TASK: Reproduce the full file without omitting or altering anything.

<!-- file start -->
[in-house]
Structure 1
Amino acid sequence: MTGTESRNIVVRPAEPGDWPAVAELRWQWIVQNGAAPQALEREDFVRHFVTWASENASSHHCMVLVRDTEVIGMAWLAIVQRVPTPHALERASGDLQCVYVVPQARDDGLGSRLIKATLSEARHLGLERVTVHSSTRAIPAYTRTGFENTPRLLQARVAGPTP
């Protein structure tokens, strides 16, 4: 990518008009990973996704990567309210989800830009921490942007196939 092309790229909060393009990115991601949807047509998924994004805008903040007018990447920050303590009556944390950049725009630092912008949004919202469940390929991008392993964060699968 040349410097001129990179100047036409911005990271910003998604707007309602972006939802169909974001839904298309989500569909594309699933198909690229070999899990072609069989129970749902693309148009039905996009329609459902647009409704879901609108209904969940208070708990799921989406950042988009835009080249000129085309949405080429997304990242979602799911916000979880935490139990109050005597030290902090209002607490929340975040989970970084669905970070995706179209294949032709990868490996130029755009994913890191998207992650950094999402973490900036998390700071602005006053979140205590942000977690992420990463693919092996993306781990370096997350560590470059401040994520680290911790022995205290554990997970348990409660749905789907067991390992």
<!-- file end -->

[in-house]
Structure 1
Amino acid sequence: MTGTESRNIVVRPAEPGDWPAVAELRWQWIVQNGAAPQALEREDFVRHFVTWASENASSHHCMVLVRDTEVIGMAWLAIVQRVPTPHALERASGDLQCVYVVPQARDDGLGSRLIKATLSEARHLGLERVTVHSSTRAIPAYTRTGFENTPRLLQARVAGPTP
């Protein structure tokens, strides 16, 4: 990518008009990973996704990567309210989800830009921490942007196939 092309790229909060393009990115991601949807047509998924994004805008903040007018990447920050303590009556944390950049725009630092912008949004919202469940390929991008392993964060699968 040349410097001129990179100047036409911005990271910003998604707007309602972006939802169909974001839904298309989500569909594309699933198909690229070999899990072609069989129970749902693309148009039905996009329609459902647009409704879901609108209904969940208070708990799921989406950042988009835009080249000129085309949405080429997304990242979602799911916000979880935490139990109050005597030290902090209002607490929340975040989970970084669905970070995706179209294949032709990868490996130029755009994913890191998207992650950094999402973490900036998390700071602005006053979140205590942000977690992420990463693919092996993306781990370096997350560590470059401040994520680290911790022995205290554990997970348990409660749905789907067991390992």